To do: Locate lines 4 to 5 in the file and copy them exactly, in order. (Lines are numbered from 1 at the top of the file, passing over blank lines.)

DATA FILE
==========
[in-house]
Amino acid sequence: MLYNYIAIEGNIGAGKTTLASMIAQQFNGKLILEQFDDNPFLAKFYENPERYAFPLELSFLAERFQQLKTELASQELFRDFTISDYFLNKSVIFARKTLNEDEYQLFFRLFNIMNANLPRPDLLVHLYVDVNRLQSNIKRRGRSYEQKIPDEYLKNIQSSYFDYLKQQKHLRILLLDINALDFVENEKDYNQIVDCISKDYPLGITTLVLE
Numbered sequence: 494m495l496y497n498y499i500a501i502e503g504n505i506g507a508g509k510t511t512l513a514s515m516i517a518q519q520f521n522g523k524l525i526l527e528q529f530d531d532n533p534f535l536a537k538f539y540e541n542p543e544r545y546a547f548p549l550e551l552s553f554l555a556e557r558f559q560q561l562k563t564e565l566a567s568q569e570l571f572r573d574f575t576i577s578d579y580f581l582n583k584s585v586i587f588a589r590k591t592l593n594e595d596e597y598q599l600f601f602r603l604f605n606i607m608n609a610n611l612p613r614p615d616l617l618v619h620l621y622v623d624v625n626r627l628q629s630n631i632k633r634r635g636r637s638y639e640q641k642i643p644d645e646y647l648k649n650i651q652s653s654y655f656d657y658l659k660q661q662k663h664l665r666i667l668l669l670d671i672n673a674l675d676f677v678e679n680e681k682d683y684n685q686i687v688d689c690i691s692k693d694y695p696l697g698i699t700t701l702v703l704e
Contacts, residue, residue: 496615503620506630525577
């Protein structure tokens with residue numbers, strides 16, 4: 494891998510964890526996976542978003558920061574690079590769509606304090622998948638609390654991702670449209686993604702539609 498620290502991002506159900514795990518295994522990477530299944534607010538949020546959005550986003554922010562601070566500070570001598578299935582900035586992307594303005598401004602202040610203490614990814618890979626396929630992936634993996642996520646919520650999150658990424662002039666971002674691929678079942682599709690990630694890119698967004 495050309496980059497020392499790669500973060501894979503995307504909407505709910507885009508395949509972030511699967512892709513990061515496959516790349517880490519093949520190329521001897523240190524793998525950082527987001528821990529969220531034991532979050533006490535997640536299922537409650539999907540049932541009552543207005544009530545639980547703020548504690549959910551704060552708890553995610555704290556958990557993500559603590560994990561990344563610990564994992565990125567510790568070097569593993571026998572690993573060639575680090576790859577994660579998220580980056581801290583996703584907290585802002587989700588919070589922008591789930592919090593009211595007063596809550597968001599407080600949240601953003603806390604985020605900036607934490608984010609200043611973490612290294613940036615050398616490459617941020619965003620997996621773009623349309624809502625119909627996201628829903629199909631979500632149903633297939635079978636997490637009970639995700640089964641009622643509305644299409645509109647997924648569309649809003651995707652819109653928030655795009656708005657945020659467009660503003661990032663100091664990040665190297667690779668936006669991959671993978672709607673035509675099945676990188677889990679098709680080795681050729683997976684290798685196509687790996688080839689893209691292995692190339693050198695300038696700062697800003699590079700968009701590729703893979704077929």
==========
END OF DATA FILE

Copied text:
Contacts, residue, residue: 496615503620506630525577
């Protein structure tokens with residue numbers, strides 16, 4: 494891998510964890526996976542978003558920061574690079590769509606304090622998948638609390654991702670449209686993604702539609 498620290502991002506159900514795990518295994522990477530299944534607010538949020546959005550986003554922010562601070566500070570001598578299935582900035586992307594303005598401004602202040610203490614990814618890979626396929630992936634993996642996520646919520650999150658990424662002039666971002674691929678079942682599709690990630694890119698967004 495050309496980059497020392499790669500973060501894979503995307504909407505709910507885009508395949509972030511699967512892709513990061515496959516790349517880490519093949520190329521001897523240190524793998525950082527987001528821990529969220531034991532979050533006490535997640536299922537409650539999907540049932541009552543207005544009530545639980547703020548504690549959910551704060552708890553995610555704290556958990557993500559603590560994990561990344563610990564994992565990125567510790568070097569593993571026998572690993573060639575680090576790859577994660579998220580980056581801290583996703584907290585802002587989700588919070589922008591789930592919090593009211595007063596809550597968001599407080600949240601953003603806390604985020605900036607934490608984010609200043611973490612290294613940036615050398616490459617941020619965003620997996621773009623349309624809502625119909627996201628829903629199909631979500632149903633297939635079978636997490637009970639995700640089964641009622643509305644299409645509109647997924648569309649809003651995707652819109653928030655795009656708005657945020659467009660503003661990032663100091664990040665190297667690779668936006669991959671993978672709607673035509675099945676990188677889990679098709680080795681050729683997976684290798685196509687790996688080839689893209691292995692190339693050198695300038696700062697800003699590079700968009701590729703893979704077929």